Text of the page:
Bentley’s New Mulsanne: Air Force One for the Mobile Road Warrior
Most commuters who need to get a little work done behind the wheel can get by on a smartphone, a headset, and a cup of coffee. Those with an extra $300,000 or so these days can get a serious upgrade from Bentley — with a plush, multi-screen, fully connected, 500-horesepower mobile office. (But good luck writing it off as a business expense.)
Bentley recently introduced the Mulsanne Executive Interior Concept, a car decked out with two iPads and keyboards built into backseat tray tables, built-in mobile Wi-Fi, a 15.6-inch high-definition TV screen backed by an onboard hard drive and Mac computer, and two smaller screens nestled into the front seat headrests.
You’d probably need a chauffeur to really maximize the work capabilities of this car, but if you’ve got one, “traffic can no longer come between you and productivity. The Mulsanne concept is your own personal Air Force One. It’s also the absolutely logical conclusion of the convergence of our mobile devices and mobile transportation units,” says Mashable’s Seth Porges.
Indeed, the average American spends more than 50 minutes a day commuting to work, according to the U.S. Census Bureau. And Bentley isn’t the only carmaker trying to turn those commutes into computing time.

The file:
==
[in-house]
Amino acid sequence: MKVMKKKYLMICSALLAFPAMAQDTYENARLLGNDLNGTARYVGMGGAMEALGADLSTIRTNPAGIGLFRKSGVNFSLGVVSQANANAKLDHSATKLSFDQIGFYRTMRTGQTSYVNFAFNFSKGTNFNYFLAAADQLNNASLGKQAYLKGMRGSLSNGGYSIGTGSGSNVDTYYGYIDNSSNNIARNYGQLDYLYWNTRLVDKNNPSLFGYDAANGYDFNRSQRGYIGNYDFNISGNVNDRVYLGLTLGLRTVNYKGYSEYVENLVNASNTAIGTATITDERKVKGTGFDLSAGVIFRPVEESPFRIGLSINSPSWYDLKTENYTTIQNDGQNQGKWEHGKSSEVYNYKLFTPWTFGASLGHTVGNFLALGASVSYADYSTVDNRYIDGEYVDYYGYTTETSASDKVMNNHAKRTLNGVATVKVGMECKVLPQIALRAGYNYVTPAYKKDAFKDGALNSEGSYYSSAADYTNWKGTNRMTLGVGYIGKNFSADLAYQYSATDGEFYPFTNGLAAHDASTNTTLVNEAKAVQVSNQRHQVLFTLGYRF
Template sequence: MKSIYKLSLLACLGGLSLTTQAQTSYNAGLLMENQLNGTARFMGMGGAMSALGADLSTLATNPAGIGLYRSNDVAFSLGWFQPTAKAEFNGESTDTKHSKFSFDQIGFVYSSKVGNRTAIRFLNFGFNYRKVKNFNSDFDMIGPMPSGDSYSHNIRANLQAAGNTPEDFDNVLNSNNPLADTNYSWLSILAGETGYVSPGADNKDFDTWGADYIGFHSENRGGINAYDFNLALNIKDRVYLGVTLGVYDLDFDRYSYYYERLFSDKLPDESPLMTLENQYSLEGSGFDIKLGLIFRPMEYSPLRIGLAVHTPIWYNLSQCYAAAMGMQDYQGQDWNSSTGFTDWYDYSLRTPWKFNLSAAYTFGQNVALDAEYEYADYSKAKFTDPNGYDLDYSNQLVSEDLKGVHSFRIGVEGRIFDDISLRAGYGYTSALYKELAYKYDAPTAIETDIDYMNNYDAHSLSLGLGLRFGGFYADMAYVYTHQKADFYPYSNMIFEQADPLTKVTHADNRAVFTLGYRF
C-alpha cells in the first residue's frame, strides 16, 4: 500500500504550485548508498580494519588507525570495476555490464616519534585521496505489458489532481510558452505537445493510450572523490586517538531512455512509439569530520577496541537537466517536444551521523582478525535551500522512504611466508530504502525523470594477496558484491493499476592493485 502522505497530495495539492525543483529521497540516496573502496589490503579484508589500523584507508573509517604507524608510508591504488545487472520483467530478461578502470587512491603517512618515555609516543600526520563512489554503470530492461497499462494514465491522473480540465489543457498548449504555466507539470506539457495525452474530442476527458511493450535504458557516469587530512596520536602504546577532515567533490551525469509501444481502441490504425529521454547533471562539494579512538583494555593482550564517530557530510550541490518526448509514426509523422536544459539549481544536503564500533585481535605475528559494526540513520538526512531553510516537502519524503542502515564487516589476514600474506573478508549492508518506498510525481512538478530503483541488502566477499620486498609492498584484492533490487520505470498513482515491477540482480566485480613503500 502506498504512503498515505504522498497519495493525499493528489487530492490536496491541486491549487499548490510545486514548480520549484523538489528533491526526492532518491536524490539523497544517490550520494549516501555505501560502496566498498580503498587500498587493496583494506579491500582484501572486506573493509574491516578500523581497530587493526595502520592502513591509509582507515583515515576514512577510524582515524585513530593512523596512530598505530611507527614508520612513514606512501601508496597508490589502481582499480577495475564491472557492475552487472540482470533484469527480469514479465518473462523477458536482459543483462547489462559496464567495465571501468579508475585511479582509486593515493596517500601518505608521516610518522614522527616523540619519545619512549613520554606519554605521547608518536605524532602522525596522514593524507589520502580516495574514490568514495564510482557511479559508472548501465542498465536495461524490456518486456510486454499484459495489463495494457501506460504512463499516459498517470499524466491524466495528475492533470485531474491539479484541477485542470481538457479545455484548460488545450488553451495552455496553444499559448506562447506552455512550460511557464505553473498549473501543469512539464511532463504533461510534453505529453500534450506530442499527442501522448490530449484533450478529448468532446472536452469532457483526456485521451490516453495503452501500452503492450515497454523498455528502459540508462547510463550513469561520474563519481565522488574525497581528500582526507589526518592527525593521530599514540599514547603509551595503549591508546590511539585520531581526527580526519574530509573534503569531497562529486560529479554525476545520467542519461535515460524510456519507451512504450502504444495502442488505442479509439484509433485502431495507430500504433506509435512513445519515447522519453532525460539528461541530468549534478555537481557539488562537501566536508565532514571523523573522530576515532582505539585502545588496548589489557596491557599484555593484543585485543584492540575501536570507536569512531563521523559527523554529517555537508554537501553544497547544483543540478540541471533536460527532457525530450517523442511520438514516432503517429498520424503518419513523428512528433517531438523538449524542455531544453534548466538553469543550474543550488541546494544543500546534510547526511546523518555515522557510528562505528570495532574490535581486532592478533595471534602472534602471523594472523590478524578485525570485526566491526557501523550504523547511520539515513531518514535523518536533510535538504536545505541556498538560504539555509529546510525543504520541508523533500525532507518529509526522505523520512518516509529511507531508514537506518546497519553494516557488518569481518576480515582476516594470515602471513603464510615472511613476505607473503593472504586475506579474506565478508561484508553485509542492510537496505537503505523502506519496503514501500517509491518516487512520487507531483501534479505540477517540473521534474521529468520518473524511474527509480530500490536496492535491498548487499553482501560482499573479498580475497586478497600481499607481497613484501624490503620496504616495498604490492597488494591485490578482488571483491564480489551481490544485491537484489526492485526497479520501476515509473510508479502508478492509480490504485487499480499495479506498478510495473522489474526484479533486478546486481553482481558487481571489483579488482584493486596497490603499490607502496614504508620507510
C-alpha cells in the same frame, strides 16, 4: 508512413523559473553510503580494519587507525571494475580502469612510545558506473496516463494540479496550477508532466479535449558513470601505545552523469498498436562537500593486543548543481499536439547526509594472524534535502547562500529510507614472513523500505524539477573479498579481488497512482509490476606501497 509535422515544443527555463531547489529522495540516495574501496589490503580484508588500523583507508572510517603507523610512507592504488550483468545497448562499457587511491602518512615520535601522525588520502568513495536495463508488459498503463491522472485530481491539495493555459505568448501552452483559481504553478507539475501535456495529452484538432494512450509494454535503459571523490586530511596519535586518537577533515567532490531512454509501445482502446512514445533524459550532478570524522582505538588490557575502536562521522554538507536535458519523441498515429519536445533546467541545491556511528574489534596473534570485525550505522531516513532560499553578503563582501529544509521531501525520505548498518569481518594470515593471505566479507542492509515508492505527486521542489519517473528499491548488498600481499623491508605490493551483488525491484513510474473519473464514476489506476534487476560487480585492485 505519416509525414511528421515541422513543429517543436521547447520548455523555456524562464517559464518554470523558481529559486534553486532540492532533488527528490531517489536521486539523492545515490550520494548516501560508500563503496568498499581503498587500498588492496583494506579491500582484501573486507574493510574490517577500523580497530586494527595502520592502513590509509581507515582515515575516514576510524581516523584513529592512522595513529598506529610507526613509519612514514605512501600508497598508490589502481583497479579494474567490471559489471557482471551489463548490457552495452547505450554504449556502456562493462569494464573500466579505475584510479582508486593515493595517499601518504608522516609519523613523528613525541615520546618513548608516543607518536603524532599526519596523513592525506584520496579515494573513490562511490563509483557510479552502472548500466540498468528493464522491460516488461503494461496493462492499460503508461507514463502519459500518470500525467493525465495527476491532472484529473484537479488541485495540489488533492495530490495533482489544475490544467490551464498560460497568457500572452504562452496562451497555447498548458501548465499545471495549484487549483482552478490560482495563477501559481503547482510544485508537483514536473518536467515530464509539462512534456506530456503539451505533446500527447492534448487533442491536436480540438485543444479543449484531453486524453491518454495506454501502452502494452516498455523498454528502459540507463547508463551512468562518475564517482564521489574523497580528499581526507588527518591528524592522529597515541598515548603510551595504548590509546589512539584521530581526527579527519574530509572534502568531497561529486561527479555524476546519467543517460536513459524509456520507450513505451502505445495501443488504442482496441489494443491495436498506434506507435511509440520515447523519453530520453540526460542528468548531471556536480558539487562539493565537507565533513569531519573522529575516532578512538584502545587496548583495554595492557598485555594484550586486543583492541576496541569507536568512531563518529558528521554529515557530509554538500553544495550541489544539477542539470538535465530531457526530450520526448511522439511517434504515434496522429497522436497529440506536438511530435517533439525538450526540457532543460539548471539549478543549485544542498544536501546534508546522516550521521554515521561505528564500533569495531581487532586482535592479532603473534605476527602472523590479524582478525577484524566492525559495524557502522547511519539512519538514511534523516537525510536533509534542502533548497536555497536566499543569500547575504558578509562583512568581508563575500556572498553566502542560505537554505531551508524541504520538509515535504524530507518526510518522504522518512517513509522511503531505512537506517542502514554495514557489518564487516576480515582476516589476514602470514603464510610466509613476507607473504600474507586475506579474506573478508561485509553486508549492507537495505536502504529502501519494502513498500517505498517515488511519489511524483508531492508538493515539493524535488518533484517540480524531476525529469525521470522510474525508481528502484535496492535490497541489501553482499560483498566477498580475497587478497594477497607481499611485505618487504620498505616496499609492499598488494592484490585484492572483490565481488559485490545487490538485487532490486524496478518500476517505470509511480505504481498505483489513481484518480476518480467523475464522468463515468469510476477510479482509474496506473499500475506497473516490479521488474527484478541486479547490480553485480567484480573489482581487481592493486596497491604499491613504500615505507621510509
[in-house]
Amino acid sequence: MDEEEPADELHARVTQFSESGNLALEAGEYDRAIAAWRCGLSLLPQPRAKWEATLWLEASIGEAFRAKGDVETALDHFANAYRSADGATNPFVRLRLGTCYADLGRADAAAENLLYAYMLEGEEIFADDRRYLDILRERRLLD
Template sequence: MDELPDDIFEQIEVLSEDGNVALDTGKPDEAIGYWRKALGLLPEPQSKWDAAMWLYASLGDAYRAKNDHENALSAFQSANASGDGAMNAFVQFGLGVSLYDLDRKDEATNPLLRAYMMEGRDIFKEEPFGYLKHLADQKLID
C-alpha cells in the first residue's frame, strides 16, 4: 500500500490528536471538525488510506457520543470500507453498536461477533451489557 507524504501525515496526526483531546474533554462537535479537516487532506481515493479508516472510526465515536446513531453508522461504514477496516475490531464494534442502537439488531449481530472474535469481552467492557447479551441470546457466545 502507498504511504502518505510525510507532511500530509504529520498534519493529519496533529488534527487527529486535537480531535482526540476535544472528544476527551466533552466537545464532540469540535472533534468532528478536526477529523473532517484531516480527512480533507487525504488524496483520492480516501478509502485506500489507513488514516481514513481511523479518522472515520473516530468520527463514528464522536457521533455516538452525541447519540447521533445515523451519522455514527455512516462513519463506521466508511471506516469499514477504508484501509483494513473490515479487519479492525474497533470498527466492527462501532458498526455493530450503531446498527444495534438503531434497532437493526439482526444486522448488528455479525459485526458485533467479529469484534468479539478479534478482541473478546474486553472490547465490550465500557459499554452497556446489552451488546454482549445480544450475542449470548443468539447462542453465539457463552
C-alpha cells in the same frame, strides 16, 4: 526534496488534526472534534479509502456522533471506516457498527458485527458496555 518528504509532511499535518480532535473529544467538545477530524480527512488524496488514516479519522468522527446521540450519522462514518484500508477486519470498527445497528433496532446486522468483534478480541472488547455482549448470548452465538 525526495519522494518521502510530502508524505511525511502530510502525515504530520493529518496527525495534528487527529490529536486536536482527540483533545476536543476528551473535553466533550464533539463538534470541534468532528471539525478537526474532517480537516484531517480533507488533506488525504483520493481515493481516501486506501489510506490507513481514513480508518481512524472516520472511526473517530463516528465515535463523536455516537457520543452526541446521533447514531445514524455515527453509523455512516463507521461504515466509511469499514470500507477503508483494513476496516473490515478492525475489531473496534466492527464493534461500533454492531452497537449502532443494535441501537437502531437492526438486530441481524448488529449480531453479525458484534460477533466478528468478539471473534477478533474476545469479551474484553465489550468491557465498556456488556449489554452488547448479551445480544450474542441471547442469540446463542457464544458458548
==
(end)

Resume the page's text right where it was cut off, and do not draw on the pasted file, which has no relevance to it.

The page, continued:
Ford just announced that its own in-vehicle connectivity program, Sync, has been installed in 5 million vehicles, allowing drivers to integrate their smartphones with their car’s control board. Sync also includes some voice-enabled commands (like Siri in your car). “With more than 1 billion smartphones now in service around the world, we expect mobile connectivity will continue to be the foundational element of our strategy going forward,” said Ford CTO Paul Mascarenas. The future of Sync includes cloud connectivity.
And Google just celebrated 3,000 accident-free miles with its first autonomous car, which takes “computing to work” to a whole new level. These driverless, automated cars allow employees to work in their cars without worrying about keeping their eyes on the road. InformationWeek recently reported that the car can now legally operate on California’s public roads.
Image via Bentley.